Manifesto 31

Currently within Scotland there is no consensus on a clinical definition of deafblindness. In the absence of this Deafblind Scotland uses:

“Persons are regarded as deafblind if they have a severe degree of combined visual and auditory impairment resulting in problems of communication, information and mobility” Breaking Through Report (1988).

  1. It is the right of deafblind people to be recognised as a unique community in their own right and to be supported to lead a rich life to the fullest.
  2. The deafblind community should be included in all aspects of living within our society.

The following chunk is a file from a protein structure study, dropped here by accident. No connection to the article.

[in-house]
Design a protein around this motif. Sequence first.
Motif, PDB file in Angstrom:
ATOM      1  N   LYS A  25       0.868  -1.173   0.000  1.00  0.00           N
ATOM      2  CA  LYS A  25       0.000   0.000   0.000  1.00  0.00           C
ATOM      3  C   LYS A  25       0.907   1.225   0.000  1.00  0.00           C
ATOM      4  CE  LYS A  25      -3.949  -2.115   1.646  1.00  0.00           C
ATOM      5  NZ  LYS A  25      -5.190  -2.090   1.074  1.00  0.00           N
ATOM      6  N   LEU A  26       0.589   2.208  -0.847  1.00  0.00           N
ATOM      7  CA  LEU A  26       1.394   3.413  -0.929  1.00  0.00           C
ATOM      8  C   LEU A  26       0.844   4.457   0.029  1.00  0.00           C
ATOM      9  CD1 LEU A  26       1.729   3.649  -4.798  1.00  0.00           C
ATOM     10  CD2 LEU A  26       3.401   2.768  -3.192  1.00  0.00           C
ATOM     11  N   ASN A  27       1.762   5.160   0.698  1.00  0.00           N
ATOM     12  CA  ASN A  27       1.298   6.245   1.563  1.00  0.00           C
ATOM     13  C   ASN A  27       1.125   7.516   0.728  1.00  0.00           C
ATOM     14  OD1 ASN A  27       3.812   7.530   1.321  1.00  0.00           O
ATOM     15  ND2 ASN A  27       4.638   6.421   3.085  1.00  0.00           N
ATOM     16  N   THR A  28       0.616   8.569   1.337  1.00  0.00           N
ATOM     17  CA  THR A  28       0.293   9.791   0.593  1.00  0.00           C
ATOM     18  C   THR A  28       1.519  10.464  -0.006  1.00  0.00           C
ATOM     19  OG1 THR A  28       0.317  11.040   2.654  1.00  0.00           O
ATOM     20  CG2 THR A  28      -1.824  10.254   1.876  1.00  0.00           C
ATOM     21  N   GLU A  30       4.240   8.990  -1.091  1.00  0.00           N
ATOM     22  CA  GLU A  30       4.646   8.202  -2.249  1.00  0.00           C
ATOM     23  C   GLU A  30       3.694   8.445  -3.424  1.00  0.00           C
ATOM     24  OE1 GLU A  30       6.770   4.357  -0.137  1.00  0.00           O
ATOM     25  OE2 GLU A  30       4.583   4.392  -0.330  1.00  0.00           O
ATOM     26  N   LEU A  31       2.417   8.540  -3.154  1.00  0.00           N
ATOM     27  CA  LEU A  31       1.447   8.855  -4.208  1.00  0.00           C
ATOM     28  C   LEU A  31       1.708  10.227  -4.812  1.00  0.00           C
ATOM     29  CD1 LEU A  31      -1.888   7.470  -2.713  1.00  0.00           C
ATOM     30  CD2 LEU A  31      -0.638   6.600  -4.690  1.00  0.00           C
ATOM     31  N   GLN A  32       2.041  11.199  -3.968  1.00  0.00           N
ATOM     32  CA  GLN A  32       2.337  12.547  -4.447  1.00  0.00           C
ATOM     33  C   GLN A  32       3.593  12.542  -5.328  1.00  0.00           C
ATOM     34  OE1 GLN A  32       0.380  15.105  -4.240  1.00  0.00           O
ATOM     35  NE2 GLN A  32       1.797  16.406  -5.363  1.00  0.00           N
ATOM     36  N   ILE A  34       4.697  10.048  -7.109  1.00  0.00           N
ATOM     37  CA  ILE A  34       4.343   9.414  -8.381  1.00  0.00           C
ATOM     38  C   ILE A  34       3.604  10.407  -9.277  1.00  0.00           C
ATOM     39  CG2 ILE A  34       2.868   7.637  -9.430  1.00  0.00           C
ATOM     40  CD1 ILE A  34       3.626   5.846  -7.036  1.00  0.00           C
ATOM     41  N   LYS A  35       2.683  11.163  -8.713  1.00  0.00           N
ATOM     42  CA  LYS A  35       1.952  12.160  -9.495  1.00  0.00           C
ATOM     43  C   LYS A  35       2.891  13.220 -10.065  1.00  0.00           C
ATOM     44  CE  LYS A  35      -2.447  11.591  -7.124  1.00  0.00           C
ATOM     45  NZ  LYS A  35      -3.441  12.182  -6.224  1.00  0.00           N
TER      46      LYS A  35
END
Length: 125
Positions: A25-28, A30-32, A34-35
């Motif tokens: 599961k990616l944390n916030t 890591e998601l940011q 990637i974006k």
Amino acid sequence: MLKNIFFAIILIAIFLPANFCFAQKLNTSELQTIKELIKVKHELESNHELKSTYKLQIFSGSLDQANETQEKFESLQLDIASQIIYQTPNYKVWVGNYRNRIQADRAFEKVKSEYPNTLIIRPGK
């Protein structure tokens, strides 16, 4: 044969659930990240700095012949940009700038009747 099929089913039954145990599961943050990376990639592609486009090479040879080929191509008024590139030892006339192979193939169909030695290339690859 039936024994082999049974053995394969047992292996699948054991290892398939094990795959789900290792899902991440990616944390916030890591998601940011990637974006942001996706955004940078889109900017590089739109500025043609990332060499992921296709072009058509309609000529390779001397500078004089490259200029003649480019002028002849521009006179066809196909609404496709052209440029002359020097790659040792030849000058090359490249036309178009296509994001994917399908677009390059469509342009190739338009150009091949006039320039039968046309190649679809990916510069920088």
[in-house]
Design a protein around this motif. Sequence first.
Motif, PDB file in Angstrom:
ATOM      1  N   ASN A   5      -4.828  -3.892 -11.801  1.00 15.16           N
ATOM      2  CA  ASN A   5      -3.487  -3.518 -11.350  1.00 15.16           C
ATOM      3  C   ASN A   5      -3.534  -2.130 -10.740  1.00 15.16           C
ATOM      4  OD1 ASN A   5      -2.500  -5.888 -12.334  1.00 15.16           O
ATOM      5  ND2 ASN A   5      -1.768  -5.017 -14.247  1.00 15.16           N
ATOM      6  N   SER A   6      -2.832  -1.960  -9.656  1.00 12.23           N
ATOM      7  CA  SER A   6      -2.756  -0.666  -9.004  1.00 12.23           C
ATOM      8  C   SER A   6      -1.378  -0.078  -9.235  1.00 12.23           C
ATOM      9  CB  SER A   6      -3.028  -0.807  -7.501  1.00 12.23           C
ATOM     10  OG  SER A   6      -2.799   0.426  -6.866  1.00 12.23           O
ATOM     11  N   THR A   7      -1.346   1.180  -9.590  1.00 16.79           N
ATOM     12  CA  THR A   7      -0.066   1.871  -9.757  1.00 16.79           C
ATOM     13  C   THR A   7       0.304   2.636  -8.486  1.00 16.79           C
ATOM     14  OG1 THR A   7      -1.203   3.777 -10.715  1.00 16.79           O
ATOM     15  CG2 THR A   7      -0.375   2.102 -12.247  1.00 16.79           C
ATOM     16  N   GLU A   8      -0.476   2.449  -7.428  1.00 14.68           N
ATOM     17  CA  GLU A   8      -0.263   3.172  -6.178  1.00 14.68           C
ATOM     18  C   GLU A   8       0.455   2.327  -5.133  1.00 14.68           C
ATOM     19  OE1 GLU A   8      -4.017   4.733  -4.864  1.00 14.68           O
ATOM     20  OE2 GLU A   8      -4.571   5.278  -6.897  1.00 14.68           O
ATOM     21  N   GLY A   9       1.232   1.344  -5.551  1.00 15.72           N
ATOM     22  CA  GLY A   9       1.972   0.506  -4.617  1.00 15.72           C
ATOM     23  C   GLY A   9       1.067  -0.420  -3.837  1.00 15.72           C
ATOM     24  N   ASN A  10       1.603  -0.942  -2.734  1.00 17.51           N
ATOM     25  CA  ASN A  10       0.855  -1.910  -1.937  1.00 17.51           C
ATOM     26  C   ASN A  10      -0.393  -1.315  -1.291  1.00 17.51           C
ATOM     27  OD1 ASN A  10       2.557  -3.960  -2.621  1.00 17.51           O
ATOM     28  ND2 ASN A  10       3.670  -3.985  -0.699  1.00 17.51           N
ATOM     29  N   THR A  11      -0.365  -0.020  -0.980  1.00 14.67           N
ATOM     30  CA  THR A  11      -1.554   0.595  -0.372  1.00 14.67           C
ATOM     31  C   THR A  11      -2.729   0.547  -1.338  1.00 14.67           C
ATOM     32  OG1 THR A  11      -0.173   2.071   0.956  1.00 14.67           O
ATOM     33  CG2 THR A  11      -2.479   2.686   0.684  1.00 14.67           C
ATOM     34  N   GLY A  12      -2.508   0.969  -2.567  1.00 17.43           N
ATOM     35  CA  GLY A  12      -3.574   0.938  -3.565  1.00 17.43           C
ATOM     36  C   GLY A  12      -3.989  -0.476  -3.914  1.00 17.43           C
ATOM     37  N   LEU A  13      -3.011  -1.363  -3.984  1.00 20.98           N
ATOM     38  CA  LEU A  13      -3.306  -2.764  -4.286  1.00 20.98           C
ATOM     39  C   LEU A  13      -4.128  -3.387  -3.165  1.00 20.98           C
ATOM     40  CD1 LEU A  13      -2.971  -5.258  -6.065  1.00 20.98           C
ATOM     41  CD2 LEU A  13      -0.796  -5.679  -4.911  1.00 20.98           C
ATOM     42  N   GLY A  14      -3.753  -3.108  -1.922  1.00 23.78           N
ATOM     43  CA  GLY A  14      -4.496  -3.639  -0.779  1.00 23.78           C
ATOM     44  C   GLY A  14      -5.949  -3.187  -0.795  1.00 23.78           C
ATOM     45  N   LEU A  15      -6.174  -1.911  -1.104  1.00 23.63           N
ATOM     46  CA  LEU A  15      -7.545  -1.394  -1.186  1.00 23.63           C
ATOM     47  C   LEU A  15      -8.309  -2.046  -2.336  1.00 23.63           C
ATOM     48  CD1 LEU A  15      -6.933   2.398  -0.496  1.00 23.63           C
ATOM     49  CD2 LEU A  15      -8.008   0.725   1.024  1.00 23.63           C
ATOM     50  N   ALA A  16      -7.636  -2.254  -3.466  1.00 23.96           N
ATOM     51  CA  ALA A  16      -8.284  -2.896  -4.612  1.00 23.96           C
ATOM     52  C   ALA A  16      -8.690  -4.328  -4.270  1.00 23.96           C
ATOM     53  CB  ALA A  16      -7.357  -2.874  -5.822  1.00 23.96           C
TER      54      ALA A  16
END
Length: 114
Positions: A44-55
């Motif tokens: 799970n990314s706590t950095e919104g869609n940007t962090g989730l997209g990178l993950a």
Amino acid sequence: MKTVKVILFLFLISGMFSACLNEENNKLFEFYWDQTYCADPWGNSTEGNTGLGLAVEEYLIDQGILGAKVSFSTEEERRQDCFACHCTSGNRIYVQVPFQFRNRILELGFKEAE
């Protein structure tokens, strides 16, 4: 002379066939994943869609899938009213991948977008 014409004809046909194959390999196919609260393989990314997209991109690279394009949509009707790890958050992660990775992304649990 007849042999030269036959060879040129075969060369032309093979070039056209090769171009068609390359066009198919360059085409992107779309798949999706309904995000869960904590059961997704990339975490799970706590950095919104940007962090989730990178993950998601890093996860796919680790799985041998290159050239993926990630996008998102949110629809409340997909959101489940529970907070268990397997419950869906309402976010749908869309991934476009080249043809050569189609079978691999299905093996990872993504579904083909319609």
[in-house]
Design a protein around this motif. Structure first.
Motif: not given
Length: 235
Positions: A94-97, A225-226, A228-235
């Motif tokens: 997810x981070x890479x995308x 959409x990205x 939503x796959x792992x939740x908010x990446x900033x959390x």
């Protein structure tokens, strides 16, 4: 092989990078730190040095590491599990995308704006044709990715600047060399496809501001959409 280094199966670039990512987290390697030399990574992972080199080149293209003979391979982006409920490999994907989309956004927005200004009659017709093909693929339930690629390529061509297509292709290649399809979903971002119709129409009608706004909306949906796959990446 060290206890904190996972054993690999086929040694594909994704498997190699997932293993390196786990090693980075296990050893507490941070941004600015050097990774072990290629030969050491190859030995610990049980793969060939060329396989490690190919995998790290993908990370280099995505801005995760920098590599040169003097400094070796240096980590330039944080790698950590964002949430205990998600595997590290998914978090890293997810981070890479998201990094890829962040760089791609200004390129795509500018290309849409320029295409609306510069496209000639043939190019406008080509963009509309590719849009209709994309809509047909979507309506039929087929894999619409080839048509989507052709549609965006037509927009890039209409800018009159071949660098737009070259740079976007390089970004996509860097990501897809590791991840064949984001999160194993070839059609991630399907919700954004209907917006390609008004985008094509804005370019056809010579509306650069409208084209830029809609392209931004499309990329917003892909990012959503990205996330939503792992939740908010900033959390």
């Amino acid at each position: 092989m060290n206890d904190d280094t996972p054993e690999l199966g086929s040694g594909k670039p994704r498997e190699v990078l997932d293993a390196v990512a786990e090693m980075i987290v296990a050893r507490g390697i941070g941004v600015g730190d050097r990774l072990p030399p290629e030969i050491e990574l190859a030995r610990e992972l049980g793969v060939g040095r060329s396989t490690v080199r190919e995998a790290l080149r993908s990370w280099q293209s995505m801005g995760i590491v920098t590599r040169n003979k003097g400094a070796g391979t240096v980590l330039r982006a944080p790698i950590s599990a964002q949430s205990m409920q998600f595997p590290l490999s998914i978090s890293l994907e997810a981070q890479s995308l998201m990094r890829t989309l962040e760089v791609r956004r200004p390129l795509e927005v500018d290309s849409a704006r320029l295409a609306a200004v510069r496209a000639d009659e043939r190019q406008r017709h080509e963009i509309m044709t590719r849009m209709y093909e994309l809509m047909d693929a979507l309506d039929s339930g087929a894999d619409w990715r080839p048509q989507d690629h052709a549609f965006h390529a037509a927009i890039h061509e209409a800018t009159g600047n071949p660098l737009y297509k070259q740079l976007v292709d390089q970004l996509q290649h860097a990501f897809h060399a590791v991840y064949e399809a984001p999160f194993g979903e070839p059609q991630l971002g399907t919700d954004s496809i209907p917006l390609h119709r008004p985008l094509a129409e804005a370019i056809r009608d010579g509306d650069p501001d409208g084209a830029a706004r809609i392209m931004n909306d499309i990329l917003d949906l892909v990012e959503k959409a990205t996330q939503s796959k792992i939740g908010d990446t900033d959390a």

3. We expect the Scottish Government, public and private sectors and the wider community to be deafblind aware.
  4. It is the right of deafblind people to have equal access to influence local and national policy and we should be full consulted throughout.
  5. It is our right to have access to information and equipment that is accessible. Across Scotland public and private sectors should follow a standard for accessibility, providing alternative print formats and equal access to digital equipment that is also financially accessible.
  6. It is every deafblind person’s right to have access to medical services that are accessible, fit for purpose and joined up across services (i.e. audiology, ophthalmology, social work, third sector organisations)